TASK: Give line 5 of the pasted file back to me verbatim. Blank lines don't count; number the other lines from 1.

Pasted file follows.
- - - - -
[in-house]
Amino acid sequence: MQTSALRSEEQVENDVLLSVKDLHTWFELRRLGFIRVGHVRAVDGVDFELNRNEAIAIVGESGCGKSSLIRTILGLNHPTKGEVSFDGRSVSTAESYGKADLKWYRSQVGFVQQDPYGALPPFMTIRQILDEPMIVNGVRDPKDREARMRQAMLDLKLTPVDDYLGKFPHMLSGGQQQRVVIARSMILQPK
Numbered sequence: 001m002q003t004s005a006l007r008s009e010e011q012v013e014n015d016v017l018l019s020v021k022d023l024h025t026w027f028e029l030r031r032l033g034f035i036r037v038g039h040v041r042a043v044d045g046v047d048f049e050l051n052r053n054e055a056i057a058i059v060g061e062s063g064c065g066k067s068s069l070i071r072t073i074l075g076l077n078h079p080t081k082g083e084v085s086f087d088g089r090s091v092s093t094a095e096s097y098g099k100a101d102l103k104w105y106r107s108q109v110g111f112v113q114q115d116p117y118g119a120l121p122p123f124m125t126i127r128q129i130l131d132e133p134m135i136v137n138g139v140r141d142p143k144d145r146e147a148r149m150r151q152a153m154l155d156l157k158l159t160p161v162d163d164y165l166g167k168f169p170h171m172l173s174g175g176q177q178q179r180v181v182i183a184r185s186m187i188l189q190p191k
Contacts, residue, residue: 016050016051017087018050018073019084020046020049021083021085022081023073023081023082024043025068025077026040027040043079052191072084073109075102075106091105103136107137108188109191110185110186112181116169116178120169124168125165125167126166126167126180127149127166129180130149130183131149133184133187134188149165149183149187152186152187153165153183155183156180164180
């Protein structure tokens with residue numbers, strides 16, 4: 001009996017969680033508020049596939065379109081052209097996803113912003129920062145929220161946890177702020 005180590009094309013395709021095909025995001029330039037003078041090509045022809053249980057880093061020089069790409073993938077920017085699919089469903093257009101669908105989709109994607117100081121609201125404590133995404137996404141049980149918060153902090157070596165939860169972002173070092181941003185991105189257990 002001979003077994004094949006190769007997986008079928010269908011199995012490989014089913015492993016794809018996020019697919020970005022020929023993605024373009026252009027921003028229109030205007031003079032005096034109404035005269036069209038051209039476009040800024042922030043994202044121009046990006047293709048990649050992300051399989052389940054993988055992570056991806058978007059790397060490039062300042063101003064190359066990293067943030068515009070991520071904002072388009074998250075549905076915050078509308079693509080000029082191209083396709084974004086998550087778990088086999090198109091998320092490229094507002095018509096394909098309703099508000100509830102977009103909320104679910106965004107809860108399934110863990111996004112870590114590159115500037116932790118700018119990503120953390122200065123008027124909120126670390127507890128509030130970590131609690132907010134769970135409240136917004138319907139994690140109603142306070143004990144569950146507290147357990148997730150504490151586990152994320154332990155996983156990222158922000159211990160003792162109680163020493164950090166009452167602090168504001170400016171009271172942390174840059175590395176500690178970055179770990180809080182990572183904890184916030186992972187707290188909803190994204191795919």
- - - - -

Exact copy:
């Protein structure tokens with residue numbers, strides 16, 4: 001009996017969680033508020049596939065379109081052209097996803113912003129920062145929220161946890177702020 005180590009094309013395709021095909025995001029330039037003078041090509045022809053249980057880093061020089069790409073993938077920017085699919089469903093257009101669908105989709109994607117100081121609201125404590133995404137996404141049980149918060153902090157070596165939860169972002173070092181941003185991105189257990 002001979003077994004094949006190769007997986008079928010269908011199995012490989014089913015492993016794809018996020019697919020970005022020929023993605024373009026252009027921003028229109030205007031003079032005096034109404035005269036069209038051209039476009040800024042922030043994202044121009046990006047293709048990649050992300051399989052389940054993988055992570056991806058978007059790397060490039062300042063101003064190359066990293067943030068515009070991520071904002072388009074998250075549905076915050078509308079693509080000029082191209083396709084974004086998550087778990088086999090198109091998320092490229094507002095018509096394909098309703099508000100509830102977009103909320104679910106965004107809860108399934110863990111996004112870590114590159115500037116932790118700018119990503120953390122200065123008027124909120126670390127507890128509030130970590131609690132907010134769970135409240136917004138319907139994690140109603142306070143004990144569950146507290147357990148997730150504490151586990152994320154332990155996983156990222158922000159211990160003792162109680163020493164950090166009452167602090168504001170400016171009271172942390174840059175590395176500690178970055179770990180809080182990572183904890184916030186992972187707290188909803190994204191795919």